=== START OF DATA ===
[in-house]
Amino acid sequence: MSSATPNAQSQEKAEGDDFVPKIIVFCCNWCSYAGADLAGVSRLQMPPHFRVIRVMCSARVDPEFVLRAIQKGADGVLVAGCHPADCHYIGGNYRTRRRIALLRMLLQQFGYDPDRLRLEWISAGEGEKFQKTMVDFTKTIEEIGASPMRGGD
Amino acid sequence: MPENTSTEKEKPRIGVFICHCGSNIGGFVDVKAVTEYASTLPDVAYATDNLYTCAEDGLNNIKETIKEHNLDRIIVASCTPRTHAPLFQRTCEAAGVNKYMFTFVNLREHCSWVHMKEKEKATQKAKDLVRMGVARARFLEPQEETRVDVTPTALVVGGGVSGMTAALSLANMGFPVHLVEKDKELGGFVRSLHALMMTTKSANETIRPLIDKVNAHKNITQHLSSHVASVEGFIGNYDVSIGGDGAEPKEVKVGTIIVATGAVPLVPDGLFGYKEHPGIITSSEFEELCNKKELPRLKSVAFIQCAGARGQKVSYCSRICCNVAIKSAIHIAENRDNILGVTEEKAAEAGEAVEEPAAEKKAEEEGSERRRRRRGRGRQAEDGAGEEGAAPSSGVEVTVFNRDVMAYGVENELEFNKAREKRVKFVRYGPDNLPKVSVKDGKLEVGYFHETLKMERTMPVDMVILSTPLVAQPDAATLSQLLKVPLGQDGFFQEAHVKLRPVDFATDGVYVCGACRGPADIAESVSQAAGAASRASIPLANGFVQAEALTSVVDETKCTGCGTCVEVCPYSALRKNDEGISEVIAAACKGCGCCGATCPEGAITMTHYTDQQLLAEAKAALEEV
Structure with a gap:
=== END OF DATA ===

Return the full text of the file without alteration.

[in-house]
Amino acid sequence: MSSATPNAQSQEKAEGDDFVPKIIVFCCNWCSYAGADLAGVSRLQMPPHFRVIRVMCSARVDPEFVLRAIQKGADGVLVAGCHPADCHYIGGNYRTRRRIALLRMLLQQFGYDPDRLRLEWISAGEGEKFQKTMVDFTKTIEEIGASPMRGGD
Amino acid sequence: MPENTSTEKEKPRIGVFICHCGSNIGGFVDVKAVTEYASTLPDVAYATDNLYTCAEDGLNNIKETIKEHNLDRIIVASCTPRTHAPLFQRTCEAAGVNKYMFTFVNLREHCSWVHMKEKEKATQKAKDLVRMGVARARFLEPQEETRVDVTPTALVVGGGVSGMTAALSLANMGFPVHLVEKDKELGGFVRSLHALMMTTKSANETIRPLIDKVNAHKNITQHLSSHVASVEGFIGNYDVSIGGDGAEPKEVKVGTIIVATGAVPLVPDGLFGYKEHPGIITSSEFEELCNKKELPRLKSVAFIQCAGARGQKVSYCSRICCNVAIKSAIHIAENRDNILGVTEEKAAEAGEAVEEPAAEKKAEEEGSERRRRRRGRGRQAEDGAGEEGAAPSSGVEVTVFNRDVMAYGVENELEFNKAREKRVKFVRYGPDNLPKVSVKDGKLEVGYFHETLKMERTMPVDMVILSTPLVAQPDAATLSQLLKVPLGQDGFFQEAHVKLRPVDFATDGVYVCGACRGPADIAESVSQAAGAASRASIPLANGFVQAEALTSVVDETKCTGCGTCVEVCPYSALRKNDEGISEVIAAACKGCGCCGATCPEGAITMTHYTDQQLLAEAKAALEEV
Structure with a gap: